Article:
Pesto at its best is fresh, piquant, zingy, creamy, and surprisingly luxurious. It’s comforting for me to know I always have a jar of it in the fridge because it’s not only incredibly tasty and versatile, it also helps me put meals together instantly. To fuel my pesto obsession, I currently have fifteen basil plants growing in my garden. Yet I still use them up too quickly! Pesto effortlessly jazzes up roasted new potatoes, steamed broccoli/french beans/asparagus and it’s utterly delicious paired with mozzarella or avocado in a toastie.
There was a time when I was married to a lovely Turkish man and that meant summers in Turkey. His mother was as obsessed about kitchen arts as I am. As such, I learned how to make a great many wonderful Turkish meals while in their open air kitchen on the Aegean Sea. And among my favorites is her recipe for Kofte – grilled lamb or beef kabobs. This recipe is something between comfort food and the exotic ethnic food that if prepared for friends, never fails to impress.
This dish of spare rib ramen—that the Japanese call pakomen (and if you read the kanji, it would be called pai gu la mian in Mandarin)—leapt out at me when I first studied the menu at the Capitol Hotel Tokyu’s all-day dining restaurant, Origami, on our most recent trip to Tokyo. It is part of the hotel’s old time favourites menu that consists of beloved dishes that that had been served at the old Capitol Tokyu Hotel for decades. As it turned out, pakomen was one of eight varieties of ramen that had been served at the Capitol Tokyu. It was the most popular, and the one dish that purportedly every Japanese prime minister has enjoyed.
Choosing a hotel in a big city is always a tricky thing. Do you choose style over substance or substance over style. Do you choose convenience over cost? Do you choose a hotel with great F&B outlets or just something with a comfortable room, preferring to eat and drink elsewhere? If the city has multiple great neighbourhoods, how do you decide which one you want to stay in? All hard questions and for each traveler, what qualifies as the best hotel is entirely subjective. For me, right now, my favourite place to stay in Tokyo has to be the Capitol Hotel Tokyu.
I have a thing for British food personalities. Maybe I’m drawn to their accent, the way they speak with their hands and how easy they make cooking seem. Or it could just be because familiarity breeds liking; they get tonnes of airtime on TV, and their countless glossy cookbooks dominate the food section in bookstores. For whatever the reason, these guys first got me hooked on cooking and eating when I was in my teens, and today, a lot of what I do in the kitchen is still inspired by them.
In the heart of Harlem, a new restaurant called Red Rooster is quietly making waves. During a recent visit to the Big Apple, I decided to make the journey uptown to Lenox Avenue to check out the comfort-food restaurant launched by Marcus Samuelsson of Aquavit fame. I was hugely impressed, both with the quality of the food and the total experience.
My girlfriend K has been a wonderful companion on my journey through the restaurant scene here in Singapore as well as in New York, where we lived for close to three years. Pescatarian by choice, she also lived in Paris for a year, and, as a result, never fails to remind me that when it comes to food, the French, quite simply, do it better. It isn’t just about the razor-sharp techniques of the chefs there, she explains, but also about their commitment to fresh and quality produce, which makes something as simple as a summer salad – or even a baguette from a nondescript boulangerie – taste brilliant.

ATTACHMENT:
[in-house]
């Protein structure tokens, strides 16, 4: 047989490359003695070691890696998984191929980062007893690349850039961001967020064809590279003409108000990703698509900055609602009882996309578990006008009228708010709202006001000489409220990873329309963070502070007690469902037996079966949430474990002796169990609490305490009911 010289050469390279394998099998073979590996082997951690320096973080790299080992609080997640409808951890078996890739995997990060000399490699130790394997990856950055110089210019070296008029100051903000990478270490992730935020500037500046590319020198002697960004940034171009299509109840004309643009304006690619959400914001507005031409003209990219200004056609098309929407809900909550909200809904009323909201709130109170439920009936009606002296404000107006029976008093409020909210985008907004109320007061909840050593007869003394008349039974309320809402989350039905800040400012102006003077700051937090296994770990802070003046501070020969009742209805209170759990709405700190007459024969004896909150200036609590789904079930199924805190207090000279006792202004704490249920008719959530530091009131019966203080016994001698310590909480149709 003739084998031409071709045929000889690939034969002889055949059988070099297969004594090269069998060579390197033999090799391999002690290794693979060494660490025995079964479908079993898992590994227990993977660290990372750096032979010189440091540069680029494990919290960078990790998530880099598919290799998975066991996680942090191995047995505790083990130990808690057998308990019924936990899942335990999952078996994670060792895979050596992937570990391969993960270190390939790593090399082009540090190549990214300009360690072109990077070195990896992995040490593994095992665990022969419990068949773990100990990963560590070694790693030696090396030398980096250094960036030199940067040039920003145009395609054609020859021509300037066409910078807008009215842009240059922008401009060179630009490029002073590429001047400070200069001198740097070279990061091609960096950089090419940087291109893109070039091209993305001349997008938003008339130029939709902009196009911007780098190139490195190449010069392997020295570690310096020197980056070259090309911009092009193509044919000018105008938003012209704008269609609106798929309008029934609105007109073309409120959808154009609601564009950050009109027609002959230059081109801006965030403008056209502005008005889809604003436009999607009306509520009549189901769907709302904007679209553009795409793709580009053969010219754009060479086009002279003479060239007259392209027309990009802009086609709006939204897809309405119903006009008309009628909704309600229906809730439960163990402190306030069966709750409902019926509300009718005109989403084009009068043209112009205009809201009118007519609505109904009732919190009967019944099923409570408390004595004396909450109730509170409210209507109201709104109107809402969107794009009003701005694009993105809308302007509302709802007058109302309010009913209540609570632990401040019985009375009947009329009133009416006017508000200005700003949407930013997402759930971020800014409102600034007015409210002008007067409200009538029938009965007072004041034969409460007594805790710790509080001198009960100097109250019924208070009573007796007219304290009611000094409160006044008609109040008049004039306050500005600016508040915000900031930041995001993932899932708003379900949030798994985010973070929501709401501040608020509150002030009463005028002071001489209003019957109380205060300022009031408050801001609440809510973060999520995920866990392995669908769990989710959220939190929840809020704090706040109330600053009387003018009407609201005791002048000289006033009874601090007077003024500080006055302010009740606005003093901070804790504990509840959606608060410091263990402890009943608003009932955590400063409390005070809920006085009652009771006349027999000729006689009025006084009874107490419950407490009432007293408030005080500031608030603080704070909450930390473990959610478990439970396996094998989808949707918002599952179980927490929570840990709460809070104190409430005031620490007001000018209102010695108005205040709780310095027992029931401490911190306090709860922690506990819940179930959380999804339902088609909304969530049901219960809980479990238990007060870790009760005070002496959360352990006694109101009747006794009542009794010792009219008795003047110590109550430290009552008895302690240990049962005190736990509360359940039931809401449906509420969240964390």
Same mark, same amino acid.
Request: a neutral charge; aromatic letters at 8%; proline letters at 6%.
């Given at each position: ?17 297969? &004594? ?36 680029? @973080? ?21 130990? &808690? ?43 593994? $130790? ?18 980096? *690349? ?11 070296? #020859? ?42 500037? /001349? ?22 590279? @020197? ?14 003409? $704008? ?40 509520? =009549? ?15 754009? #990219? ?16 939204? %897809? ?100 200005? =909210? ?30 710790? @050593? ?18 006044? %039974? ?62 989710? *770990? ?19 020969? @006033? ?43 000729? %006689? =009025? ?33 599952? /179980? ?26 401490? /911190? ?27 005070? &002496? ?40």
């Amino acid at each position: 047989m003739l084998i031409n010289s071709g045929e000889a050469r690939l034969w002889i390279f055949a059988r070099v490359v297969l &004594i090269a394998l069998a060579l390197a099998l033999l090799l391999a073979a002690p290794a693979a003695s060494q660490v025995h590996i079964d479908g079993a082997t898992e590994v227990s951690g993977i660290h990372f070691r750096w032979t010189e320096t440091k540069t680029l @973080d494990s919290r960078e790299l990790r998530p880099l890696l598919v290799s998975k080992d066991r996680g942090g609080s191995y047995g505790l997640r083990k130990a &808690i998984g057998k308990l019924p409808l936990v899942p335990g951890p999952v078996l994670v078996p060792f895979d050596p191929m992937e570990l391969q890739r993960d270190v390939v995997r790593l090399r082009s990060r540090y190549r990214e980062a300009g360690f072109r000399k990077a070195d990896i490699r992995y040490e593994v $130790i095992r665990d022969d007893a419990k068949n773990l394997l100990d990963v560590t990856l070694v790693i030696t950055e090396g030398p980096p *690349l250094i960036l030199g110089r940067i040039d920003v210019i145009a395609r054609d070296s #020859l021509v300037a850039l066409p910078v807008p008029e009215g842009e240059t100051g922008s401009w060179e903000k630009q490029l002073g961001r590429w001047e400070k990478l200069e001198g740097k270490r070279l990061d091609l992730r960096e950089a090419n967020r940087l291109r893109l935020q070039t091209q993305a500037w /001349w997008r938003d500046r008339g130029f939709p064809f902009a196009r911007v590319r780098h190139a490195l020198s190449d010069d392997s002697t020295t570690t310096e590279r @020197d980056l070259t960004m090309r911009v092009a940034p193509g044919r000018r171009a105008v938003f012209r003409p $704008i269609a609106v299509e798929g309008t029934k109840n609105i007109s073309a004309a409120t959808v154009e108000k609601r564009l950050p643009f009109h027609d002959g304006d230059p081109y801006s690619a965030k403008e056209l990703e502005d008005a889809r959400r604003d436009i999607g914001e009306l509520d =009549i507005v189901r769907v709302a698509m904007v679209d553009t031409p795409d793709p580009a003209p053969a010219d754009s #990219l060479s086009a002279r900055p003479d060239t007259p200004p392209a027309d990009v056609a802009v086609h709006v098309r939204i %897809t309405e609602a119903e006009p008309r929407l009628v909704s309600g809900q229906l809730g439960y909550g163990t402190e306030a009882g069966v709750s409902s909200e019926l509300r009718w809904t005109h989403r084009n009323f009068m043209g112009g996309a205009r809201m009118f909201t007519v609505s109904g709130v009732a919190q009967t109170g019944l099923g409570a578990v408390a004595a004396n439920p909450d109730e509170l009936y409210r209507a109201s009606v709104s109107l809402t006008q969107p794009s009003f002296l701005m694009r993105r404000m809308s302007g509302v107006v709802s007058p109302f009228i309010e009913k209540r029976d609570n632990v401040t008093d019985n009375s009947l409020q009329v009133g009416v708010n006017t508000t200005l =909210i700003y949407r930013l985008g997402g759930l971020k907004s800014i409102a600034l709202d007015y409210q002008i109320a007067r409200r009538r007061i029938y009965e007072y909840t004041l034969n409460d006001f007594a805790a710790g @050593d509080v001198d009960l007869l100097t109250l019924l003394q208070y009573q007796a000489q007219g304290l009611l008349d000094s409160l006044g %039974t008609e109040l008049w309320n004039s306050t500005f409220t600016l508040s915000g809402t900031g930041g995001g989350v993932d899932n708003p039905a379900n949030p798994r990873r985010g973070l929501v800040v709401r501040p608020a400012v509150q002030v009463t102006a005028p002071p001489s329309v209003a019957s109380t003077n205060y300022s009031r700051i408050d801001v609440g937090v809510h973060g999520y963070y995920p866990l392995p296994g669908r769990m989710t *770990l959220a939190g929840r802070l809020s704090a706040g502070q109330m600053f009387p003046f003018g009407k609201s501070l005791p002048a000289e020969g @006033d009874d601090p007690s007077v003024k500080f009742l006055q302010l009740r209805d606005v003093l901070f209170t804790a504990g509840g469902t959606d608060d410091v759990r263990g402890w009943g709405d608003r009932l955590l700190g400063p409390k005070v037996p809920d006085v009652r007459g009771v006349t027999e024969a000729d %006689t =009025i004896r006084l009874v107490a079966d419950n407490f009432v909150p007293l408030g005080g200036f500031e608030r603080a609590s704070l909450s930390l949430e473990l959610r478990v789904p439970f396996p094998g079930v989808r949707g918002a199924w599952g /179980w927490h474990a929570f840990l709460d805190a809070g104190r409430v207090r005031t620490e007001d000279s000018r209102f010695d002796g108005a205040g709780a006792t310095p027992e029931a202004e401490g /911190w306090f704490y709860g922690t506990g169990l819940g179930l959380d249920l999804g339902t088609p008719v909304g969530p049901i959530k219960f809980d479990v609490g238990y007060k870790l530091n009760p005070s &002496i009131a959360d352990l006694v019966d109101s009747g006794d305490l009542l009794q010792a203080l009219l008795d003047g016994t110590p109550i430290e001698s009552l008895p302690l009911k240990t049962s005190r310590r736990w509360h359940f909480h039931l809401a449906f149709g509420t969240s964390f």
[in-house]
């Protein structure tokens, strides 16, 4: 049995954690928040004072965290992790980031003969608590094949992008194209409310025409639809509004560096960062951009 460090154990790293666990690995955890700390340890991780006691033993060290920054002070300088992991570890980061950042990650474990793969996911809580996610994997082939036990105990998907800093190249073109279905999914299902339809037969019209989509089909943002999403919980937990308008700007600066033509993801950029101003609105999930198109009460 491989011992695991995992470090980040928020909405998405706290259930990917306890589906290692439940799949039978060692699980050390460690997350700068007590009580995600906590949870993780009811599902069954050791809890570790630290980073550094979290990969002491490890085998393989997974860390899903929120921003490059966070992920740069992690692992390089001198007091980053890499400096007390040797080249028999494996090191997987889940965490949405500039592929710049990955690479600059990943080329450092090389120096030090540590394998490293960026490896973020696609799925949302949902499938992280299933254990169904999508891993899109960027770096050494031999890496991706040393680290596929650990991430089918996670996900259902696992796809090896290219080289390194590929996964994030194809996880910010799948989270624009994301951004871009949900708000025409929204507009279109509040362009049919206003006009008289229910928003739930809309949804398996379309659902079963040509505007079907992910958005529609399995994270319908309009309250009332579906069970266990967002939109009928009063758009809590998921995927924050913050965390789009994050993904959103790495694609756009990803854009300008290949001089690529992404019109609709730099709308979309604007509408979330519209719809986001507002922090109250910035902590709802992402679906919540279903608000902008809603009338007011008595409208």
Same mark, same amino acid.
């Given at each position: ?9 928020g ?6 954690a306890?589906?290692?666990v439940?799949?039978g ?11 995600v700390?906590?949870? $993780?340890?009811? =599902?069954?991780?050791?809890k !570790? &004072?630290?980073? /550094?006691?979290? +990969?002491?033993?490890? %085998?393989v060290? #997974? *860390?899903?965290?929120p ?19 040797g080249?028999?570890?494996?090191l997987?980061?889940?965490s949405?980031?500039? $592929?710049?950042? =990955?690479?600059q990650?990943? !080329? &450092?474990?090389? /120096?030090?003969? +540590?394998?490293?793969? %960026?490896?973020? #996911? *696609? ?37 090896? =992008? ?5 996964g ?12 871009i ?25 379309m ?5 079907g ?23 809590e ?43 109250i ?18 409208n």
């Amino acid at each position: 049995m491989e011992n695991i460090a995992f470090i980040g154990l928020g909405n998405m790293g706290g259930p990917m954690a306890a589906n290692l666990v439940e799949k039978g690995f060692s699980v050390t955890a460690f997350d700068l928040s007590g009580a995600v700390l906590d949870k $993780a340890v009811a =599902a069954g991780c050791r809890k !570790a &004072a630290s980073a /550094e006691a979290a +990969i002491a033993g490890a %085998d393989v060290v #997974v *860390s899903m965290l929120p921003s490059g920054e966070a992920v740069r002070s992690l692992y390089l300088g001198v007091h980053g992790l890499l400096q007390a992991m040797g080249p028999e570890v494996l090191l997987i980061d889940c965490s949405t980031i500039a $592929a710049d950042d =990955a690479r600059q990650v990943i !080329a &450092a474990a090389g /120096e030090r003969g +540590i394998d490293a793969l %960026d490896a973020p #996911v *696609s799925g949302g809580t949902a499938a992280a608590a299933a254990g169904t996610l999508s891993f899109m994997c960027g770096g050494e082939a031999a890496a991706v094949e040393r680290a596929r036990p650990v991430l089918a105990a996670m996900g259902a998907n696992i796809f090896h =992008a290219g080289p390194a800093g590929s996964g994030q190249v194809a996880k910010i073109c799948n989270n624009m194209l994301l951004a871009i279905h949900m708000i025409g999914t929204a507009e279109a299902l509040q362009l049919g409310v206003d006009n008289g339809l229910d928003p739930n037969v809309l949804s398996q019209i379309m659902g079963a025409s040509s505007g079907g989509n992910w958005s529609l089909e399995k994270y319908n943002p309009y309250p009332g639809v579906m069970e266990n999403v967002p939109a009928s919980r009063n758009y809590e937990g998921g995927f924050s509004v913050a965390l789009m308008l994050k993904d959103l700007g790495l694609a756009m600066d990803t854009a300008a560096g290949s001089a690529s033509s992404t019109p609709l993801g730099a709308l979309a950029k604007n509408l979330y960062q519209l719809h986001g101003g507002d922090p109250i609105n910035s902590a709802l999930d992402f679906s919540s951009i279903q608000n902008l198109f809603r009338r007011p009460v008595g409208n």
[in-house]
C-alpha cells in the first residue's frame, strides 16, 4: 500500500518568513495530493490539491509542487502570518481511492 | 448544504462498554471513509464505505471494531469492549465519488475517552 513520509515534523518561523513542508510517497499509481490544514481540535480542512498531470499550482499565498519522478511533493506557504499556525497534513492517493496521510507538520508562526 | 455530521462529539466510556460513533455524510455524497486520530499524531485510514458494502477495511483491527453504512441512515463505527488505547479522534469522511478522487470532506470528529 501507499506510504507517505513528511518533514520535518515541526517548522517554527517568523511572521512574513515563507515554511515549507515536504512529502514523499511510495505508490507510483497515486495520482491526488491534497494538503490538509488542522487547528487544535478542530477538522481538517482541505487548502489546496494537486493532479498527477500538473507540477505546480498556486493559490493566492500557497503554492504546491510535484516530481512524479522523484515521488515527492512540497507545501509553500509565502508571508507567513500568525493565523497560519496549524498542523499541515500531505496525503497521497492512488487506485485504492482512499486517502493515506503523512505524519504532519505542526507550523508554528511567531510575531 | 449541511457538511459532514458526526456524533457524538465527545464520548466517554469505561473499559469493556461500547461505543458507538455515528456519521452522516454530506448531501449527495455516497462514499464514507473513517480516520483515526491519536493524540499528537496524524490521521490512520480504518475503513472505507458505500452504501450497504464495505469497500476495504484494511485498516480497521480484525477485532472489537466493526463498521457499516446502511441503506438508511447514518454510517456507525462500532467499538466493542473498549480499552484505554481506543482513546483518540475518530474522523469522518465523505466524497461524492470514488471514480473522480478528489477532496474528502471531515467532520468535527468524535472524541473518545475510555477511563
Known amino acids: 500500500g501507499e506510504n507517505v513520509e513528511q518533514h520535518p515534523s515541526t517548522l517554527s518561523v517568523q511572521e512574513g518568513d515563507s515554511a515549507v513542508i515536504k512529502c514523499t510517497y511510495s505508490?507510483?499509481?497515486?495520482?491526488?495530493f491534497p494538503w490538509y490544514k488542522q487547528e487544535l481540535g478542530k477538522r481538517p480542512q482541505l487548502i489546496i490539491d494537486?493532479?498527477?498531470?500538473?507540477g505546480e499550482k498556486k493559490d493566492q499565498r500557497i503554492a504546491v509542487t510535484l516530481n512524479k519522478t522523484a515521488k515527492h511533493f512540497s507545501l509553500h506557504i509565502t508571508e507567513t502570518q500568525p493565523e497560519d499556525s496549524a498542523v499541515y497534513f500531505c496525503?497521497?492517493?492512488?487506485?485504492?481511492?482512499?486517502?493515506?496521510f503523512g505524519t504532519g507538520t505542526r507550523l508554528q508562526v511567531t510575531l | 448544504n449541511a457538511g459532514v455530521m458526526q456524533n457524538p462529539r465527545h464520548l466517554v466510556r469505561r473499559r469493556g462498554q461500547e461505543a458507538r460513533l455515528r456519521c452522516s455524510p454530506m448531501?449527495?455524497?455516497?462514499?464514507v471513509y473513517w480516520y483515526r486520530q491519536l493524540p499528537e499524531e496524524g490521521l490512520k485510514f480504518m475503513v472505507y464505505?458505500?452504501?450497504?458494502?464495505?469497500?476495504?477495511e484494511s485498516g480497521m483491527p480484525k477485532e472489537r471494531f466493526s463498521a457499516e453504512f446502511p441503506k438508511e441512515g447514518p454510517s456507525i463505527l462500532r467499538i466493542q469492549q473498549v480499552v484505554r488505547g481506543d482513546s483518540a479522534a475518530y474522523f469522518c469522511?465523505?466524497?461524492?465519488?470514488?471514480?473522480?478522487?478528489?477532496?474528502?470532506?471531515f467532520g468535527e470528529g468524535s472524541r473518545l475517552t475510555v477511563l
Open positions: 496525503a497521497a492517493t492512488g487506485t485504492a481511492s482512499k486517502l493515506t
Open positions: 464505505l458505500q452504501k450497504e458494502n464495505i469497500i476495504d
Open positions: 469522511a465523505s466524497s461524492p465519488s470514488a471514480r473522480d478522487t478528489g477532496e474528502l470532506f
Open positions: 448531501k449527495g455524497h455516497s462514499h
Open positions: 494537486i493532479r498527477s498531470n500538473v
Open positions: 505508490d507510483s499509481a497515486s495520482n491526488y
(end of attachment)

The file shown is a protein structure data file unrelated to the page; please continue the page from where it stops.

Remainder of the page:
I’ve known Hossan Leong for quite a while now. I really admire his determination and his passion, both on and off stage/screen. When it was announced that he’d be directing a Dream Academy production of Stephen Sondheim’s musical Company, I was really thrilled. I’m a big musical theatre fan and Stephen Sondheim is my all-time favourite composer-lyricist. Company is opening here in Singapore on 1 November 2012 and will run until 11 November (please, please, please support Hossan and Dream Academy and buy tickets for this show). Hossan was kind enough to chat with me a bit about Company, Sondheim and French food.
If you’ve been put off by bland tasting quinoa salads (as I have), this recipe for roasted vegetable and quinoa salad may just change your mind. For the longest time, I put the blame on quinoa itself. Despite that fact that quinoa is a complete protein high in fibre, iron and magnesium—an all-round superfood—I’d avoided it like the plague for many years because the first time I’d eaten quinoa, I felt like I was being punished. It tasted like damp cardboard someone had forgotten to season.
When I took my beautiful wife S to Tokyo to celebrate her birthday in March, because we only had three days in town, we had to very carefully curate our dining choices. While we did visit an old favourite, most of the restaurants we visited were new to us, including two sushi joints that we’d been meaning to try for years. One was a much-ballyhooed three Michelin-starred place in Ginza that is regularly discussed on forums like Chowhound and which many punters like to claim is the best sushi restaurant in Tokyo. The other is a much more modest (and much livelier) place in Yotsuya that has no Michelin stars and is rarely mentioned in Western or English-language media. Amazingly–although some Japanese friends tell me I shouldn’t have been surprised–we left the three Michelin-starred restaurant feeling very ripped off and extremely underwhelmed. But, the meal we had at Sushi Sho (also sometimes spelled Sushishou), the cultish little joint just east of Shinjuku, delivered what I can honestly say was the single greatest sushi meal of both my life and my wife’s. S has since been describing the experience to friends as “life-changing sushi.”